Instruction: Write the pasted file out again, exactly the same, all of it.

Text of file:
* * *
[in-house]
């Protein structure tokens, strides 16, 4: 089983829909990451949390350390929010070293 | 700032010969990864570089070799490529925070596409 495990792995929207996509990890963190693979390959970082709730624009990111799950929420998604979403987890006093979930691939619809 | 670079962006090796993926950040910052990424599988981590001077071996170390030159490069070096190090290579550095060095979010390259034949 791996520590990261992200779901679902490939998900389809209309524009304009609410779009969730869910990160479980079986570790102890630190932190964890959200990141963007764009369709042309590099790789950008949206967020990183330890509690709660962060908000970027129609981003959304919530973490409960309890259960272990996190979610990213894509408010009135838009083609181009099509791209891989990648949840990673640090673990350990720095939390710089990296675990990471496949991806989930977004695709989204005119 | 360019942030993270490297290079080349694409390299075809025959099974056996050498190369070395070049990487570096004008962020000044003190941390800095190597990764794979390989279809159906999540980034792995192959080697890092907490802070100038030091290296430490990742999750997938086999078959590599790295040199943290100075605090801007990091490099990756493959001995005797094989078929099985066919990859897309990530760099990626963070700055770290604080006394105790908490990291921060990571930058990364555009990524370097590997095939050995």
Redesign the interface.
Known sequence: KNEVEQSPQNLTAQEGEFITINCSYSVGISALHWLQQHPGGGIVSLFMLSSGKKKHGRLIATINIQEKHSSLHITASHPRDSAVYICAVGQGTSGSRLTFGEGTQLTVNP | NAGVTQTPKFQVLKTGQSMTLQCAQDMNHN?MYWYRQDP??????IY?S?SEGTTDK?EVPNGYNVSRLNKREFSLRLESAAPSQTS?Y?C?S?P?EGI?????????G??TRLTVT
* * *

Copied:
[in-house]
């Protein structure tokens, strides 16, 4: 089983829909990451949390350390929010070293 | 700032010969990864570089070799490529925070596409 495990792995929207996509990890963190693979390959970082709730624009990111799950929420998604979403987890006093979930691939619809 | 670079962006090796993926950040910052990424599988981590001077071996170390030159490069070096190090290579550095060095979010390259034949 791996520590990261992200779901679902490939998900389809209309524009304009609410779009969730869910990160479980079986570790102890630190932190964890959200990141963007764009369709042309590099790789950008949206967020990183330890509690709660962060908000970027129609981003959304919530973490409960309890259960272990996190979610990213894509408010009135838009083609181009099509791209891989990648949840990673640090673990350990720095939390710089990296675990990471496949991806989930977004695709989204005119 | 360019942030993270490297290079080349694409390299075809025959099974056996050498190369070395070049990487570096004008962020000044003190941390800095190597990764794979390989279809159906999540980034792995192959080697890092907490802070100038030091290296430490990742999750997938086999078959590599790295040199943290100075605090801007990091490099990756493959001995005797094989078929099985066919990859897309990530760099990626963070700055770290604080006394105790908490990291921060990571930058990364555009990524370097590997095939050995």
Redesign the interface.
Known sequence: KNEVEQSPQNLTAQEGEFITINCSYSVGISALHWLQQHPGGGIVSLFMLSSGKKKHGRLIATINIQEKHSSLHITASHPRDSAVYICAVGQGTSGSRLTFGEGTQLTVNP | NAGVTQTPKFQVLKTGQSMTLQCAQDMNHN?MYWYRQDP??????IY?S?SEGTTDK?EVPNGYNVSRLNKREFSLRLESAAPSQTS?Y?C?S?P?EGI?????????G??TRLTVT